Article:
Give yourself time to promote.

It's not just about the event. It's about the conversation before the event! Setup an event at least 90 days in advance and then use that time to spread the word and talk about it. The heavy marketing should come about three weeks beforehand. But use the event as a door-opener and a conversation topic with new or existing customers.

Stop spending so much money.

I don't know what it is about big companies but boy do they like to overspend on events! No, you don't need to serve lobster and champagne. No, you don't need to have two dozen executives and managers fly in from all over the world to attend. No, you don't have to rent out the ballroom at the Waldorf or employ a large audio/visual team. What you should do is keep it simple. A simple food spread - coffee and Danish (dare I say bacon?) in the morning or maybe beer and wine in the late afternoon. Rent a simple meeting room at a simple hotel. Tell your executives to stay back at the office (don't they have better things to do?) and only have one or two people from your company attend. You don't have to knock it out of the park with a thousand-person event. A series of events that attract a hundred people can be done much more affordably - and with a lot less stress.

Involve people with an audience.

Consider partnering with other companies that are like-minded - but make sure they have an audience. The same goes for prospective speakers or moderators. What you want is to tap into other peoples' communities to market the event and make them aware of what your company offers. Make sure your "partners" are doing this with as much zeal as you are.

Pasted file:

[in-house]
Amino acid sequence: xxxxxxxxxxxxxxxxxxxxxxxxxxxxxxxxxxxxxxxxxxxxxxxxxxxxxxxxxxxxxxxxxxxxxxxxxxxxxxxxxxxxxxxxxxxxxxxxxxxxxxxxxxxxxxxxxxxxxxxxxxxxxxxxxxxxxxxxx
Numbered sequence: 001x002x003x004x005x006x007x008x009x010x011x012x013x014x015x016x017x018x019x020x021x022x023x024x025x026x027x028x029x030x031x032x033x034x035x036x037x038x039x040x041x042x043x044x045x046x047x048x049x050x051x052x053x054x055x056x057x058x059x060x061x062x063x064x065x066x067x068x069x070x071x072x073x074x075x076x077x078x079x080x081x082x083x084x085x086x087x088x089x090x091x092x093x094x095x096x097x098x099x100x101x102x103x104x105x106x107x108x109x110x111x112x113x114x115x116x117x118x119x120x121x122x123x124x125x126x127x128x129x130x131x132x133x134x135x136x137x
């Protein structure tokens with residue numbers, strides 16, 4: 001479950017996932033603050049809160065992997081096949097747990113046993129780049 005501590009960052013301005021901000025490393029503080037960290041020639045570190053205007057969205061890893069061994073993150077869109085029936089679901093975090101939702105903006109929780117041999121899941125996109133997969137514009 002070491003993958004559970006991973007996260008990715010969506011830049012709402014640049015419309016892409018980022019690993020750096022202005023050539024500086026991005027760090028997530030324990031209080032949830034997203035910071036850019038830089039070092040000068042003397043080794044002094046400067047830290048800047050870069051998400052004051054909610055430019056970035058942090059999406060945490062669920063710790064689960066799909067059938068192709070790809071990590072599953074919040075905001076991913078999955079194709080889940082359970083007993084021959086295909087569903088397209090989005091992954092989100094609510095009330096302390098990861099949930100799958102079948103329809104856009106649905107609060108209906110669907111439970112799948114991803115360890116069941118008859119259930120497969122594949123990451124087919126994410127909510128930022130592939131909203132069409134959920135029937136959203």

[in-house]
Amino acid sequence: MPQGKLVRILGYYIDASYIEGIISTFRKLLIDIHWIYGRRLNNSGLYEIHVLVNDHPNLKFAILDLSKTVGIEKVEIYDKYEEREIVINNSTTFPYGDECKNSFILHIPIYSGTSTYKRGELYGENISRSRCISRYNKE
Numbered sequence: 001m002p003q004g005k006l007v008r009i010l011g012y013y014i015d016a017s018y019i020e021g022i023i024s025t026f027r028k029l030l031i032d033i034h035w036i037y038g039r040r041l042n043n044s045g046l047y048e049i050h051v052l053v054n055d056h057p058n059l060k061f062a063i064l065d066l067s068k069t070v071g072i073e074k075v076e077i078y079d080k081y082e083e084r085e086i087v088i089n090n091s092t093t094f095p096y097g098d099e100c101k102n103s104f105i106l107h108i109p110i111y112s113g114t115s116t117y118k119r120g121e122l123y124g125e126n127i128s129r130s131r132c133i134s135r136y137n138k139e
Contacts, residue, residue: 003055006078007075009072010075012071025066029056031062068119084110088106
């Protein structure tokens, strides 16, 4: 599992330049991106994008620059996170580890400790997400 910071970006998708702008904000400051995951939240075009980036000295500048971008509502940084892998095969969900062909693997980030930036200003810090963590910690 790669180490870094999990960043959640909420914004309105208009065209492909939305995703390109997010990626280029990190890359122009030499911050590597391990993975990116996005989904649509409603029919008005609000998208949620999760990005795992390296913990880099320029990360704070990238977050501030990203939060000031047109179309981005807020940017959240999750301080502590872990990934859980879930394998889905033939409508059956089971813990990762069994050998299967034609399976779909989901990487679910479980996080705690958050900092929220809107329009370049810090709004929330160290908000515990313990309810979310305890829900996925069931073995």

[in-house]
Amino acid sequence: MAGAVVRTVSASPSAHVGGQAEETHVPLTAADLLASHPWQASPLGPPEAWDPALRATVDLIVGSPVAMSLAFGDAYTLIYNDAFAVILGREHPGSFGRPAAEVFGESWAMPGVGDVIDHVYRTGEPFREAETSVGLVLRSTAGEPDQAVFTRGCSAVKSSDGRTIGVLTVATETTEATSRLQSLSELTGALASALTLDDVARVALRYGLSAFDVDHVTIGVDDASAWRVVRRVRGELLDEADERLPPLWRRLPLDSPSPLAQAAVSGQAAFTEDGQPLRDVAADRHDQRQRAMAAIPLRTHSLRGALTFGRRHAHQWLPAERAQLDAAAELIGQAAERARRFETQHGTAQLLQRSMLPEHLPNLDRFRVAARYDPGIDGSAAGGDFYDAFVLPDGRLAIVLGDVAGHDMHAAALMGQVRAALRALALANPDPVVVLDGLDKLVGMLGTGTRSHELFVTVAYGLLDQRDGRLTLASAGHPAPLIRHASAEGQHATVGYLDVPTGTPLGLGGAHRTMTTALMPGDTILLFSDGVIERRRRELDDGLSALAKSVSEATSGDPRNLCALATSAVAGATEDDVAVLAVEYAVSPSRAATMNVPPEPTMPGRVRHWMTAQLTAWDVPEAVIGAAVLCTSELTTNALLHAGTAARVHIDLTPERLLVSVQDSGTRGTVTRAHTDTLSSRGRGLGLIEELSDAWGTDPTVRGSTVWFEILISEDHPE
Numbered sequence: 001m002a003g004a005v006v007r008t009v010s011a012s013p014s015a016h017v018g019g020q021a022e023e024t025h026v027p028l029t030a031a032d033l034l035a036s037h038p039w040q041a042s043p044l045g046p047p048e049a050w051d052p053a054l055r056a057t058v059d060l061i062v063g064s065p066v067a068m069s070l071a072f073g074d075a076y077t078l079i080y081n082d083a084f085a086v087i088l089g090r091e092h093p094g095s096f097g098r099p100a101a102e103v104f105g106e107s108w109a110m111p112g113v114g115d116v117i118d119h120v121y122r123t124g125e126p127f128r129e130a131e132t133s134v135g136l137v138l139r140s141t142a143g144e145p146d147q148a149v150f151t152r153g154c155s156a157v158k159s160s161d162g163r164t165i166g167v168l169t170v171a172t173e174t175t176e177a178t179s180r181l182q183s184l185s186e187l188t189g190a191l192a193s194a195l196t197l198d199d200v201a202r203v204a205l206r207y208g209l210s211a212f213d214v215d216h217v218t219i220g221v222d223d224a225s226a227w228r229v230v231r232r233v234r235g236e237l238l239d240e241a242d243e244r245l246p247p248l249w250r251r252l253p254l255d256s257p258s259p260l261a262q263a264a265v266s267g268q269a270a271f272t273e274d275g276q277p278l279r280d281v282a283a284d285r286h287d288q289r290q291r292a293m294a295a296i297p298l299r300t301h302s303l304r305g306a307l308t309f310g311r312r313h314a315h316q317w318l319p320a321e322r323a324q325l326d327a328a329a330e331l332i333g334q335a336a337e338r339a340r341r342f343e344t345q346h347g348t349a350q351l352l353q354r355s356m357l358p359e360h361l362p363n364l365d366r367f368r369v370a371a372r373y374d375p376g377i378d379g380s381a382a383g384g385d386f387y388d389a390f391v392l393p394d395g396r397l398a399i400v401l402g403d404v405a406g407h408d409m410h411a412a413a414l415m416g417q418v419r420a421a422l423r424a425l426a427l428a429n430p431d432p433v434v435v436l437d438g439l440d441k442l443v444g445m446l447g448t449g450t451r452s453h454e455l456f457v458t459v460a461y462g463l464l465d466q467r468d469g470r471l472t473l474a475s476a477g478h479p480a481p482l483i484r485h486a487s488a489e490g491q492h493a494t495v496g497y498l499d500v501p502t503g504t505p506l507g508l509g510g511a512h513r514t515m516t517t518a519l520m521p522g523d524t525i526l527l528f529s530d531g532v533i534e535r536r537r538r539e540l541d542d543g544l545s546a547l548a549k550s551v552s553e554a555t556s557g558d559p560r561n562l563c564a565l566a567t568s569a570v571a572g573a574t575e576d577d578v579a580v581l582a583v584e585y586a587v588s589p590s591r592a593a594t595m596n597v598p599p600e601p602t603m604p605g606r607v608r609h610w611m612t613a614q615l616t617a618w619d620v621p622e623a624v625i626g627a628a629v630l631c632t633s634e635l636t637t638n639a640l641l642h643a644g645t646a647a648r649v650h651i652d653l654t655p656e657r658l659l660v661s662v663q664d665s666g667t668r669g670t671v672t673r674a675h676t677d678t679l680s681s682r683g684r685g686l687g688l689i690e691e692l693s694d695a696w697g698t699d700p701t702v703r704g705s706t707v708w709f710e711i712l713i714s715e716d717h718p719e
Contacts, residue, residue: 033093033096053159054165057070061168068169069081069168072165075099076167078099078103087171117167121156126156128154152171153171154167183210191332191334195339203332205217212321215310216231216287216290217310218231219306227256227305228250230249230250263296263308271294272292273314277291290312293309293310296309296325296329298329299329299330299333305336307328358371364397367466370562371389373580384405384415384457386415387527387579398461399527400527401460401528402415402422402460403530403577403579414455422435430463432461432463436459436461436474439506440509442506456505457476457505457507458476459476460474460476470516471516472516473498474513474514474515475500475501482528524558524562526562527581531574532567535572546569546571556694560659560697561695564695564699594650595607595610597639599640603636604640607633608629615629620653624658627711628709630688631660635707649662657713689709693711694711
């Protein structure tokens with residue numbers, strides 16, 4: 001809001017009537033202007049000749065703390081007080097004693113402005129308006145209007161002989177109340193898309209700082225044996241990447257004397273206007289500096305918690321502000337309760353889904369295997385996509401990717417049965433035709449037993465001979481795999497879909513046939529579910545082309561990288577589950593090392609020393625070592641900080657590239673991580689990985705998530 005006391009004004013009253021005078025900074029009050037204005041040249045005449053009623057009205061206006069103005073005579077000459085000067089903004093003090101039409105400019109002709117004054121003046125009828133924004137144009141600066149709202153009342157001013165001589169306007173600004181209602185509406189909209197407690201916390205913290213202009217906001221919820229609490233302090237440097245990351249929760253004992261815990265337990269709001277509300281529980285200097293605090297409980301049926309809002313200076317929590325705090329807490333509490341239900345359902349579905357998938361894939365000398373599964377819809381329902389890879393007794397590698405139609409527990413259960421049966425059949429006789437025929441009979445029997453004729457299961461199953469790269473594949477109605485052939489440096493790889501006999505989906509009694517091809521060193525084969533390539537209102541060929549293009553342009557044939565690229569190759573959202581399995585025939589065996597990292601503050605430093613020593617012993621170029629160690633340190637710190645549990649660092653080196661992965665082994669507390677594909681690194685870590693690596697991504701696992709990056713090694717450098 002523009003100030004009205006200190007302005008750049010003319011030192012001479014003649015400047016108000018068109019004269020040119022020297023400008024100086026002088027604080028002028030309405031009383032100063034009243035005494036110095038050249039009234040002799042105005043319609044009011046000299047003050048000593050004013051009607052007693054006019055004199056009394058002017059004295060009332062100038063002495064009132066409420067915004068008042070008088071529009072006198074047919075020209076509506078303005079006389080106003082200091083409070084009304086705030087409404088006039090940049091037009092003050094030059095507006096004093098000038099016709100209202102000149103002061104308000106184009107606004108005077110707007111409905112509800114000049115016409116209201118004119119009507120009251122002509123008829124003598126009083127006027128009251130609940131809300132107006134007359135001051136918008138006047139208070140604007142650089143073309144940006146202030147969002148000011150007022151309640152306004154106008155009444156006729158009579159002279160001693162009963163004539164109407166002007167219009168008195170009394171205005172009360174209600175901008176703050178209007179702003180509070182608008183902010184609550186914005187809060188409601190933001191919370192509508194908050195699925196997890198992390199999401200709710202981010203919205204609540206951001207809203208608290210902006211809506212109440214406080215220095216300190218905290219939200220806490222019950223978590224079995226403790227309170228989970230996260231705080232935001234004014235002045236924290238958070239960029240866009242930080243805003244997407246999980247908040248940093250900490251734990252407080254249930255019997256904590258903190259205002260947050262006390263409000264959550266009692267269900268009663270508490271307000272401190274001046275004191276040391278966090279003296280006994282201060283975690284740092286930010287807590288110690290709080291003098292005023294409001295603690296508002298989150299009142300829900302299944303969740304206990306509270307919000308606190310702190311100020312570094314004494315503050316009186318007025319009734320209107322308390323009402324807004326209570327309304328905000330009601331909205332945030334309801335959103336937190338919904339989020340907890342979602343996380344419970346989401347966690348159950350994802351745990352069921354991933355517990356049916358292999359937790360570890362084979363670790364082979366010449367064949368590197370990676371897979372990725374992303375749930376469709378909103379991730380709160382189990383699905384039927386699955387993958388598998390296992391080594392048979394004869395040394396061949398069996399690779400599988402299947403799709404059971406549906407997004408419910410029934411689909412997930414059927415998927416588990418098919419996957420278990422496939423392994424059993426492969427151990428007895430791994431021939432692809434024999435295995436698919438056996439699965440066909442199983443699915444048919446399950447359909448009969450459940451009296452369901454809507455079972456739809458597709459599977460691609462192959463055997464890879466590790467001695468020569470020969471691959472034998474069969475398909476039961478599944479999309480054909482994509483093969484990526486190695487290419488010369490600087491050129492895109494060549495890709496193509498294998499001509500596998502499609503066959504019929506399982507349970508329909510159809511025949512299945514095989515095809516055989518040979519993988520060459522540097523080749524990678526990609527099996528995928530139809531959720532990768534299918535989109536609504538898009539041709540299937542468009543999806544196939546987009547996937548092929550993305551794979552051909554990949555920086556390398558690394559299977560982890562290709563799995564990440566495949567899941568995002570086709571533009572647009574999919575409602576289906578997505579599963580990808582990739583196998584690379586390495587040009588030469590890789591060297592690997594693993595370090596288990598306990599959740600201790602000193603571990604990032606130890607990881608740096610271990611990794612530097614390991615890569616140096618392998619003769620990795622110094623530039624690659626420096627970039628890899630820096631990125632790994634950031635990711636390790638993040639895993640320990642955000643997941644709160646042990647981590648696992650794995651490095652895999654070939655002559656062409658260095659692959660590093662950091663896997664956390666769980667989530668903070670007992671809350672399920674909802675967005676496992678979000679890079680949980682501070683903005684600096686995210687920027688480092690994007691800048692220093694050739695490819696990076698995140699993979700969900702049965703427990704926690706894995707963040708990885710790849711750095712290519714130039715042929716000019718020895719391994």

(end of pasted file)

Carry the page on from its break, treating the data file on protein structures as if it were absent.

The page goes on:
Give some swag.

People like free stuff.  Include some. An Amazon gift card. A flash drive. A USB charger. As part of your marketing consider giving away a bigger ticket item - like an iPad or an Echo - as part of a drawing at the end of the event.

Leverage the event for future content.

Spend a few extra bucks and bring in a video team. Have them live stream the event on Facebook or YouTube. Promote it before and after. Record the event, edit it, chop it up into digestible bites and then distribute nuggets of wisdom from the event on your website and social media platforms over the next six months. Have the video people interview attendees, speakers and executives. If you do a podcast then do it live from the event. Have your marketing person take lots of notes and follow up with a series of blogs. Use that session to generate content that will last you many months ahead.

Are live, in-person events even worth it in 2018 when there are so many other places to get content? Yes, they are. It’s only at a live event where you can shake hands, meet people, network and be…human. Online events certainly have their place and should be used in conjunction with live events. But you should always have a few live events as part of your annual marketing and communications plan.  If you want them to be successful, I hope you’ll consider the seven things I’ve listed above.

Published on: Aug 23, 2018